Please activate JavaScript!
Please install Adobe Flash Player, click here for download

uni'wissen 02(4)-2011_ENG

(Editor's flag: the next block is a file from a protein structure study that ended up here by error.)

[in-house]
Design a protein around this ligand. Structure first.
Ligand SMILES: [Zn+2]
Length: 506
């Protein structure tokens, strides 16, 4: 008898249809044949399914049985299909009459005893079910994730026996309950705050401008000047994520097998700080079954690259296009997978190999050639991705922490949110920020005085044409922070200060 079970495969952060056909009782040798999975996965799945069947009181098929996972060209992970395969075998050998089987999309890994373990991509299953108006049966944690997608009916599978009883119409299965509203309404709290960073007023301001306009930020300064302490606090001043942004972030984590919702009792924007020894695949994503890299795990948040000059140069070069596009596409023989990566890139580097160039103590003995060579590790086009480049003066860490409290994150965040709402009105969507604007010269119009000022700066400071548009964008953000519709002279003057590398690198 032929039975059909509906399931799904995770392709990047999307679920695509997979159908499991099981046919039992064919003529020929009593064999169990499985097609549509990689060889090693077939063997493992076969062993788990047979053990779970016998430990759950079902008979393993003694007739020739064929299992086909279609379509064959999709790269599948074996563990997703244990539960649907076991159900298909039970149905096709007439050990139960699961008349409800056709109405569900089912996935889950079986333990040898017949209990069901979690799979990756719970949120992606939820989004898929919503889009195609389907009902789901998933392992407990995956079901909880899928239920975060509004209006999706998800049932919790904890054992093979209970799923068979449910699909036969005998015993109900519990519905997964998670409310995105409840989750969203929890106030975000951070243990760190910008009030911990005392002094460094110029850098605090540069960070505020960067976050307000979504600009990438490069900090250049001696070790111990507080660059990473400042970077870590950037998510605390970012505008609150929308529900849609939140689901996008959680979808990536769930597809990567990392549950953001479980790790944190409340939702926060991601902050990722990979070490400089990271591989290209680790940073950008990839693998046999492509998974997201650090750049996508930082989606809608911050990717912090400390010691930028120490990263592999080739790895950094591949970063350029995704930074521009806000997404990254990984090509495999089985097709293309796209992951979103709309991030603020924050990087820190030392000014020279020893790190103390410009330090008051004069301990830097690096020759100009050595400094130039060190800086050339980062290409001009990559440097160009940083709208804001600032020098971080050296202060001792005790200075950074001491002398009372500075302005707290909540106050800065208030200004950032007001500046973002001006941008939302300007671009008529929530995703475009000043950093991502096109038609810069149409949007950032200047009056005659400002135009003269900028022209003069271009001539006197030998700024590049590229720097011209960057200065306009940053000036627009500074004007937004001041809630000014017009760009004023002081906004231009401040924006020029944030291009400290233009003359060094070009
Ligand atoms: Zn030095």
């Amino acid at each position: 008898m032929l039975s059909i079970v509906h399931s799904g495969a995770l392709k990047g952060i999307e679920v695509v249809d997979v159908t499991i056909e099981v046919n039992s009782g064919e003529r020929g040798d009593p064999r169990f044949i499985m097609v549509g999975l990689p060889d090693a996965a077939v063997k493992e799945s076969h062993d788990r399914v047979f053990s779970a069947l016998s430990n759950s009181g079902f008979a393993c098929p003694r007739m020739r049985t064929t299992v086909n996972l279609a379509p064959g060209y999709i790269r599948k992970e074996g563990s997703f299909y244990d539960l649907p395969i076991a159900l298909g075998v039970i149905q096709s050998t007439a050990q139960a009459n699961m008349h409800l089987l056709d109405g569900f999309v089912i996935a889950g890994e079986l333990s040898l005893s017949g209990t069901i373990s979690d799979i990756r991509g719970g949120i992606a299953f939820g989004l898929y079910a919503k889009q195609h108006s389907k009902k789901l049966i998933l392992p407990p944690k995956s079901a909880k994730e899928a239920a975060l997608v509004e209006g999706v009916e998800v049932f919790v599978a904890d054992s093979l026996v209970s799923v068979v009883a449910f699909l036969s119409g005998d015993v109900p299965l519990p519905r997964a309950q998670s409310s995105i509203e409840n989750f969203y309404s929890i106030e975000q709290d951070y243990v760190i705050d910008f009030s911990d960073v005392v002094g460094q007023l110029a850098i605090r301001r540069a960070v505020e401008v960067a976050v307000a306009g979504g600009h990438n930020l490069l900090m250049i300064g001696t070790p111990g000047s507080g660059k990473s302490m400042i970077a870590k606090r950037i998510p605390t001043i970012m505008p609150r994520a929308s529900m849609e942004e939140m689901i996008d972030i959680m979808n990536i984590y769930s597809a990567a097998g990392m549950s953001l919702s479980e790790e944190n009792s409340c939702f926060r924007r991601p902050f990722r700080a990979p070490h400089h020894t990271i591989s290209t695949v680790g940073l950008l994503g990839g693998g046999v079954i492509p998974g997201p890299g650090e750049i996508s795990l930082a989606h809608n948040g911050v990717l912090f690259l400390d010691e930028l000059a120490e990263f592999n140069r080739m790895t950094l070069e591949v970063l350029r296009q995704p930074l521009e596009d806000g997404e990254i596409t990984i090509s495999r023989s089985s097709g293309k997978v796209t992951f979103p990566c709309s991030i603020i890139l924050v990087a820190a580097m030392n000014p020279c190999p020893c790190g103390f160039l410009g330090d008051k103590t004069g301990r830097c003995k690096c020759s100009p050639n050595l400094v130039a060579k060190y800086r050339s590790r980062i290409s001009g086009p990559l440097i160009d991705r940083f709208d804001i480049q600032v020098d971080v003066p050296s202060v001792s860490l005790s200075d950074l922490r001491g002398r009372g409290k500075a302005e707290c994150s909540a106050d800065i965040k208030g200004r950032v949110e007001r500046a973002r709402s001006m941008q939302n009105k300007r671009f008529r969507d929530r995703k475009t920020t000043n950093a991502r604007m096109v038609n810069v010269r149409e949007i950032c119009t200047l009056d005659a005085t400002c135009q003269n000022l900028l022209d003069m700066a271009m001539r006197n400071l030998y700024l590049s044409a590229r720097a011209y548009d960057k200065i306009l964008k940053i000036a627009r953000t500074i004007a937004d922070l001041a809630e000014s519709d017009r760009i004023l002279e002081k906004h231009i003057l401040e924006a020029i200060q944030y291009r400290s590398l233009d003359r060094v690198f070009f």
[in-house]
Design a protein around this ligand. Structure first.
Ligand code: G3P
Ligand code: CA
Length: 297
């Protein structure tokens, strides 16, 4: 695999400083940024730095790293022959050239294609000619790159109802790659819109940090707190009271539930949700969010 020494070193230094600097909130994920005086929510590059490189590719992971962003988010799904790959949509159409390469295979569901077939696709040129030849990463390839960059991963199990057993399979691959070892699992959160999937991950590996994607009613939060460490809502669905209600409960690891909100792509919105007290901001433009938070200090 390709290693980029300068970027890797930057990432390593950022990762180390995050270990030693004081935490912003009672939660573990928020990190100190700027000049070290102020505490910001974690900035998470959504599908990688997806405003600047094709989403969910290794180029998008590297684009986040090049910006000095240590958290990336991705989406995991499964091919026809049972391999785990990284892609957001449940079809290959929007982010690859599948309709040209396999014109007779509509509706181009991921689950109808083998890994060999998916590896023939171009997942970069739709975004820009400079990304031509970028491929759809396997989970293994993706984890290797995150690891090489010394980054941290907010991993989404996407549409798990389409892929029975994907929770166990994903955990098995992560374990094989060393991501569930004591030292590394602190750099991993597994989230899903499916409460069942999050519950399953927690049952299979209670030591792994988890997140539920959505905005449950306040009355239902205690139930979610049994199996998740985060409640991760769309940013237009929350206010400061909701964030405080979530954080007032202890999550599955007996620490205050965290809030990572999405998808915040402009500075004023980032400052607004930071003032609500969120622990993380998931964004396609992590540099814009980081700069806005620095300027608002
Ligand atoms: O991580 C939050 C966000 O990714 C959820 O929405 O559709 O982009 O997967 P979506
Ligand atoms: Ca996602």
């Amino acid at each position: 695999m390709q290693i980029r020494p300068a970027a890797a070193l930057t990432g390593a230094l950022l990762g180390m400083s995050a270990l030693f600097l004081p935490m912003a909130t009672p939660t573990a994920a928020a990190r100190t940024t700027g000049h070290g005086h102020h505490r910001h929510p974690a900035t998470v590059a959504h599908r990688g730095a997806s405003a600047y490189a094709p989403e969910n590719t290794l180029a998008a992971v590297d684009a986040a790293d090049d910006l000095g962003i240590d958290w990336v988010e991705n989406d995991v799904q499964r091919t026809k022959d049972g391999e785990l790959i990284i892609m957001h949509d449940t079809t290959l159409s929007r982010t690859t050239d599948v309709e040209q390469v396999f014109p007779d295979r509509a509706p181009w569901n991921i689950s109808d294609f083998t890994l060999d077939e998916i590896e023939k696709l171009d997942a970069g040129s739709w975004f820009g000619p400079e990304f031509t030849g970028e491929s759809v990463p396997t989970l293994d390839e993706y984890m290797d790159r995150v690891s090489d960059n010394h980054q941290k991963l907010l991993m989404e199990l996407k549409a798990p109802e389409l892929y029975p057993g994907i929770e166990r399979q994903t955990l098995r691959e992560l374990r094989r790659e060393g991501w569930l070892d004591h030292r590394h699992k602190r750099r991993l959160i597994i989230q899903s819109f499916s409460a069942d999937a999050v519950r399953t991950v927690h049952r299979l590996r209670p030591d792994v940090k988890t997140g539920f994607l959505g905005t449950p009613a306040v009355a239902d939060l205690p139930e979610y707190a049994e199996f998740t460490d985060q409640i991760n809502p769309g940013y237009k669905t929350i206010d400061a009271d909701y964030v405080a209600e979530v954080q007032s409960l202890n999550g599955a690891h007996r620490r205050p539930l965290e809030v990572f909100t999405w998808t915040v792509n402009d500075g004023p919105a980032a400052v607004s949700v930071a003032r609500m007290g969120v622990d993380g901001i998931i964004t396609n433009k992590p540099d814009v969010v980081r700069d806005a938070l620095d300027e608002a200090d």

his feet against the resistance of weights. Finally, in the balance control exercises the board on springs under the feet swings back and forth, forcing the exerciser to counteract the vibrations with movements – also under the influence of simulated gravity. This exercise is designed to help astronauts retain their coordination, says Gollhofer: “When astronauts land on Mars, it is very important for them to have a functioning sense of coordination. After all, there is also gravity on Mars.” The University of Freiburg researchers are de- veloping the exercise equipment in cooperation with the space agencies and partners from the private sector. At present, they are testing the systems one by one. “But ideally, we’d like to de- velop a single device with which the astronauts can do all three exercises,” says Ritzmann. Not only would this save space but also time: Even a well-trained athlete would be worn out after about 20 minutes of vibration training or several dozen jumps. In two or three years, estimates Gollhofer, the exercise equipment developed in Freiburg could be flown to the ISS for testing. In addition, many projects intended originally for space research end up giving birth to technical innovations with applications in everyday life. For instance, the exercise equipment could also be used for rehabilitation therapy or for prevention on Earth, particularly for older people with only limited mobility. They are not, on the other hand, suitable for high-performance sports: “Top ath- letes require training programs that are tailored more precisely to their needs.” What goes up must come down: The pilots follow a flight path ­resembling a parabolic arc, thus ­enabling scientists to perform ­experiments in a zero-gravity ­environment for the space of ­ 22 seconds. Image: Novespace Ramona Ritzmann is working toward her ­doctorate at the Depart- ment of Human Movement Studies of the University of Freiburg and at the ­Institute of Exercise and Movement Science of the University of Potsdam. She studied at the University of Freiburg from 2001 to 2008, where she completed the First State Examination in the fields of sports science and mathematics in 2007. One year later she complet- ed her magister degree in the same two fields. She conducts research in the area of biomechanical movement analysis and on the functioning of the nervous system during ­exercise in a zero-gravity atmosphere. Prof. Dr. Albert Gollhofer has served as professor at and director of the Institute of Sports Science and Physical Education of the University of Freiburg since 2000. He studied physical education, performance psychology, and physics at the University of Freiburg, earned his doctorate in 1986, and completed his habilitation in 1993 with a study on exercise variation and motor coordination. He then accepted a post as professor for sports sci- ence with an emphasis on applied biomechanics at the University of Stuttgart. From 2005 to 2009 he also served as president of the sports science organization European College of Sport Science. His research in- terests include neuromus- cular adaptation mecha- nisms, motor control, and biomechanics. Further Reading Visit einzelforschungs­projekte/raumfahrforschung/ to view a gallery with more pictures taken during the research project. Sports scientist Ramona Ritzmann explains what is happening on the photos. Kramer, A./Ritzmann, R./Gollhofer, A./Gehring, D./Gruber, M. (2010): A new sledge jump system that allows almost natural reactive jumps. In: Journal of Biomechanics 43/14, p. 2672 – 2677. Ritzmann, R./Kramer, A./Gruber, M./Gollhofer, A./Taube, W. (2010): EMG activity during whole body vibration: motion artifacts or stretch ­reflexes? In: European Journal of Applied Physiology 110/1, p. 143 – 151. 23uni'wissen 04